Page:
Now I believe strongly in vocation, too, but I don’t think the artist or any other worker in God’s creation need necessarily be miserable. The work might be difficult, the world might be resistant to your ambitions or callous to your ideas, but I don’t think anyone needs to suffer for the sake of her work. I find myself grateful over and over again for that beautiful thing Frederick Buechner said about how vocation is “where your deep gladness and the world’s deep hunger meet.”

Harper Lee’s writing changed the world, but I wish that she had found a way to be happier doing it, not only because it would’ve meant more novels for us to read, but because it would’ve meant a happier life for her. I think some readers have found my book quite sad, because they spend the last few chapters companioning a writer they love through some very frustrated, frustrating years. So I truly wish it had been otherwise for Harper Lee, but I hope if nothing else her struggles can help someone else realize that it doesn’t have to be that way—that loneliness is not a necessary condition for artists, and suffering isn’t a requirement for artistry. The world presents us with enough suffering on its own; we don’t need to manufacture it for ourselves. 

Image: One thread throughout the book is the common bond of geography–of the particular locations of the South. There are even deep dives into topography, and how humankind and “progress” changed the landscape. Religion seems to be one of the threads–be it Methodism or voodoo–and another one is the reactions of people who don’t fit into this world. Harper Lee famously stated that she and Truman Capote (who spent summers as her next door neighbor in Monroeville) were linked by a “common anguish.” How would you describe this common anguish? And how did this relate to her approach to writing about her community?

CC: Thank you for noticing that phrase. Lee had been asked about Capote, and she said they were “bound by a common anguish.” I found it so striking that I made it the epigraph for my book, and I think it is a deeply interesting way of thinking about their lives, and any two lives, not just in the book, but in the world. Our anguish in some sense is theological, that Pauline notion that as sinners we are bound to sin, harming people we love without meaning to, harming others without even knowing it, failing to live into God’s vision for the world. I think Lee meant that but something else, too, although what exactly isn’t clear: she and Capote were both bookish children, set apart from their peers, and they both struggled as adults with addiction and despair, and they frustrated both one another and other people who loved them. In some ways, this is such a perfect example of Harper Lee’s gift for language—she says so much, without ever saying one thing definitively.

As for geography, I think it’s really interesting how the three lives at the heart of the book all start in small Alabama towns around the same time but turn out so differently, not only because of individual choices, but also because of structural forces like racism and sexism and differences of opportunity and education. I’m fascinated by siblings, who are raised in the same house but often turn out so differently, so I think it’s interesting to think about why two people like Lee and Capote turn out so wildly different, but also how the lives of someone like the Reverend Maxwell and Harper Lee can briefly but spectacularly intersect.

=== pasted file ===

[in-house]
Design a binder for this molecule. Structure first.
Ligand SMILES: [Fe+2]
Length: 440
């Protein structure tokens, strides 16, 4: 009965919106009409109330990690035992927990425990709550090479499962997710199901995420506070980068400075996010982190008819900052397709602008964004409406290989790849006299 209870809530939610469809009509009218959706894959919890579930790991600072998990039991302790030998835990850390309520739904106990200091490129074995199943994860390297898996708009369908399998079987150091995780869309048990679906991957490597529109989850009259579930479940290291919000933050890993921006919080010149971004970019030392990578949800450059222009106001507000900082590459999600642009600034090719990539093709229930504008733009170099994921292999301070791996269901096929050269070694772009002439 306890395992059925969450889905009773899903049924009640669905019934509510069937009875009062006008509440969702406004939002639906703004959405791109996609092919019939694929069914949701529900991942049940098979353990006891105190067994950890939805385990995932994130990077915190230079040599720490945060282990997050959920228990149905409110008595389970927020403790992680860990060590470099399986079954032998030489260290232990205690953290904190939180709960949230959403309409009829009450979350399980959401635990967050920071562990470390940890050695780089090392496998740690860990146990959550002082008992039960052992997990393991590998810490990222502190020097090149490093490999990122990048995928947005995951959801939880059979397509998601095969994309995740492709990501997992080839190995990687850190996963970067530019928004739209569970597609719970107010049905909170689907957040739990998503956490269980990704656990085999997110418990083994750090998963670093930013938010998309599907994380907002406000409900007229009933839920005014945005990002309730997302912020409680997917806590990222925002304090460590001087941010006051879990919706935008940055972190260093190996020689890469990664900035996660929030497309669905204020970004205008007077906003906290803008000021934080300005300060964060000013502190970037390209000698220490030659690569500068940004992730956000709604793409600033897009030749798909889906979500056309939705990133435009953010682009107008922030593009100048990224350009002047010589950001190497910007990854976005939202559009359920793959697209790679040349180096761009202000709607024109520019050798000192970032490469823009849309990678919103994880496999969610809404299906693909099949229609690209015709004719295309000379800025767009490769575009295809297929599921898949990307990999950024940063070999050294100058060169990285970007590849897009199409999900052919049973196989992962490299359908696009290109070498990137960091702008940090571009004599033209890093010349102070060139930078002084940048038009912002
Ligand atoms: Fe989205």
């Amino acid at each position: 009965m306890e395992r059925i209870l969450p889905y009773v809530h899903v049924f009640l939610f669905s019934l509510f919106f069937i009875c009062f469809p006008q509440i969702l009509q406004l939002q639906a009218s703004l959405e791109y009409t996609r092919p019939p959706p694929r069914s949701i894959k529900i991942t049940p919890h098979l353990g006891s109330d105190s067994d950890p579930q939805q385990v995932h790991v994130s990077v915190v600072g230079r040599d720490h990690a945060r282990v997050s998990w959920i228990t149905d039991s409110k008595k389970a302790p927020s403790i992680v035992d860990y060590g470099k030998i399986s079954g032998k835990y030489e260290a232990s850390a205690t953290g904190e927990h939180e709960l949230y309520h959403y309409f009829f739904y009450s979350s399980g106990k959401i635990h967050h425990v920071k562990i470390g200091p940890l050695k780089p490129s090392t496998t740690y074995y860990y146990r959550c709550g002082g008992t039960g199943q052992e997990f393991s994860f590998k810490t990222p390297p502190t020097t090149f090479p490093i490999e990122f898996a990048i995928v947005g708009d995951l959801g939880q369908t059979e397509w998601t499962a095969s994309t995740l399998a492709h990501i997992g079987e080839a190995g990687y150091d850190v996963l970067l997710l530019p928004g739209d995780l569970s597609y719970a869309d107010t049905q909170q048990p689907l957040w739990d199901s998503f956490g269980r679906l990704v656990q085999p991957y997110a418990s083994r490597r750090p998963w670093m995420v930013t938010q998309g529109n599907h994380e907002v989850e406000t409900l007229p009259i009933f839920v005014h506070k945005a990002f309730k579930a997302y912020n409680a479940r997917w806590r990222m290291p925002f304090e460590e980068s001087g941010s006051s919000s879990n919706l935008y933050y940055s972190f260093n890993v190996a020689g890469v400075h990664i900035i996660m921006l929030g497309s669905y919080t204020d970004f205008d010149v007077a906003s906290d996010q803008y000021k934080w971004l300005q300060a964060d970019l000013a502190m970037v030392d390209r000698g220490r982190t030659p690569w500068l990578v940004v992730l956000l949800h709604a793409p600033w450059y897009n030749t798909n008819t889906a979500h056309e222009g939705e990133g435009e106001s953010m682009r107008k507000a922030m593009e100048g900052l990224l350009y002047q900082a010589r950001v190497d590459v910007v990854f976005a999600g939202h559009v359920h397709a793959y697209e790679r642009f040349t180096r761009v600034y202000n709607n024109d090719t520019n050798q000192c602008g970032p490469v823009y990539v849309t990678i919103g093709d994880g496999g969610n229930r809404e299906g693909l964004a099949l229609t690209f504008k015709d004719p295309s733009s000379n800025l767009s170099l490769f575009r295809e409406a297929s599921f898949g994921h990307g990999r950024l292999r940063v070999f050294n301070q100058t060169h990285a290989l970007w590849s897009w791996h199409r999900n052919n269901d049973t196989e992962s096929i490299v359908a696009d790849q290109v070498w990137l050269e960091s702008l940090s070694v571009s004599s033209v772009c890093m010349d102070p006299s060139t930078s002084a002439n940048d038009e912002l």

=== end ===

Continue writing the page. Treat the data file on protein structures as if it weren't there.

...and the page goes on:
Image: I am of the unpopular opinion that Go Set A Watchman (Lee’s first draft of what eventually became To Kill A Mockingbird) is an important work, precisely because it is ambivalent about the racism undercutting much of the “good white southerner” narrative. I found it fascinating to read more about the history of that book, including how influential Lee’s editors were in shaping it into what eventually became To Kill a Mockingbird. What are your thoughts on both the importance of editors in Lee’s work and Go Set A Watchman?

CC: I wish that Go Set a Watchman had been published with an introduction or some sort of preface that made the manuscript history a little clearer for readers. Regrettably, a lot of people thought that because Watchman appeared so long after Mockingbird and because Scout and Atticus are older that Watchman was a sequel—something that Harper Lee had worked on after Mockingbird. That’s grievous because, of course, it is false: Watchman was the first version of the story of Scout and Atticus she ever wrote, and it wasn’t subsequently edited or updated. It was just printed, exactly as Lee had drafted it in the late fifties. 

That said, while it’s a lesser novel aesthetically, it’s still fascinating, and has much to teach us about political history, social change across generations, and the beautiful relationship between writers and their editors. An editor named Tay Hohoff read Watchman, took an interest in the story, and saw the potential for a better novel. The revisions that Hohoff helped Lee with are up there with what Maxwell Perkins helped Hemingway and Thomas Wolfe accomplish with their work. I loved getting to write about that process in my book, and indeed one of the subtle themes of Harper Lee’s section of my book is community—moral communities, of course, like friendship and family and partnership, but also literary communities, the places where we find editors and readers and collaborators. Lee had a strong literary community at the start of her career—friends who had helped her financially, agents who encouraged her, and an editor who really believed in her work—but once they died, she had a hard time recreating that support system.